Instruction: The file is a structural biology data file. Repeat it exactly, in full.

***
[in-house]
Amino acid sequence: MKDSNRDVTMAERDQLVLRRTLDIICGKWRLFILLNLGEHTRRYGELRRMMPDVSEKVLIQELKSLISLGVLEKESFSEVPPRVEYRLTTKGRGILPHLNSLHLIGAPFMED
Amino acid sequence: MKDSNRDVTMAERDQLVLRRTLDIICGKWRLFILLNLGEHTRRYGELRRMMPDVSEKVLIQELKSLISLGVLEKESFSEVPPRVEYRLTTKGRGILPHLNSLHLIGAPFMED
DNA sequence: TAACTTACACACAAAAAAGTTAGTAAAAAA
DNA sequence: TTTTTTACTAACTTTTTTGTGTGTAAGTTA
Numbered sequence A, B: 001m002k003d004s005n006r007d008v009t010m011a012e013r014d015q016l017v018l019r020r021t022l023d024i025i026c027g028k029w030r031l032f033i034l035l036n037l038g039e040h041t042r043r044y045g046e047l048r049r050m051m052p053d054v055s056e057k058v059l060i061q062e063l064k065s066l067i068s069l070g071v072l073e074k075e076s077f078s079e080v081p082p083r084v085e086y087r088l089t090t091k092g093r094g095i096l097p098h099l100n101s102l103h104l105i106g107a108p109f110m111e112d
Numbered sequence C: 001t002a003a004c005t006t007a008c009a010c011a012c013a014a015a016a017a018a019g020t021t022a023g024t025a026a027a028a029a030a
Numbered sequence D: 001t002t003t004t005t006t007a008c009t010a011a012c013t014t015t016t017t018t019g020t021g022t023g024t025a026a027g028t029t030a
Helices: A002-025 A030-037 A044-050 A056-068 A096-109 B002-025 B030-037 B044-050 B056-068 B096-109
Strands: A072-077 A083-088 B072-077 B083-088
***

[in-house]
Amino acid sequence: MKDSNRDVTMAERDQLVLRRTLDIICGKWRLFILLNLGEHTRRYGELRRMMPDVSEKVLIQELKSLISLGVLEKESFSEVPPRVEYRLTTKGRGILPHLNSLHLIGAPFMED
Amino acid sequence: MKDSNRDVTMAERDQLVLRRTLDIICGKWRLFILLNLGEHTRRYGELRRMMPDVSEKVLIQELKSLISLGVLEKESFSEVPPRVEYRLTTKGRGILPHLNSLHLIGAPFMED
DNA sequence: TAACTTACACACAAAAAAGTTAGTAAAAAA
DNA sequence: TTTTTTACTAACTTTTTTGTGTGTAAGTTA
Numbered sequence A, B: 001m002k003d004s005n006r007d008v009t010m011a012e013r014d015q016l017v018l019r020r021t022l023d024i025i026c027g028k029w030r031l032f033i034l035l036n037l038g039e040h041t042r043r044y045g046e047l048r049r050m051m052p053d054v055s056e057k058v059l060i061q062e063l064k065s066l067i068s069l070g071v072l073e074k075e076s077f078s079e080v081p082p083r084v085e086y087r088l089t090t091k092g093r094g095i096l097p098h099l100n101s102l103h104l105i106g107a108p109f110m111e112d
Numbered sequence C: 001t002a003a004c005t006t007a008c009a010c011a012c013a014a015a016a017a018a019g020t021t022a023g024t025a026a027a028a029a030a
Numbered sequence D: 001t002t003t004t005t006t007a008c009t010a011a012c013t014t015t016t017t018t019g020t021g022t023g024t025a026a027g028t029t030a
Helices: A002-025 A030-037 A044-050 A056-068 A096-109 B002-025 B030-037 B044-050 B056-068 B096-109
Strands: A072-077 A083-088 B072-077 B083-088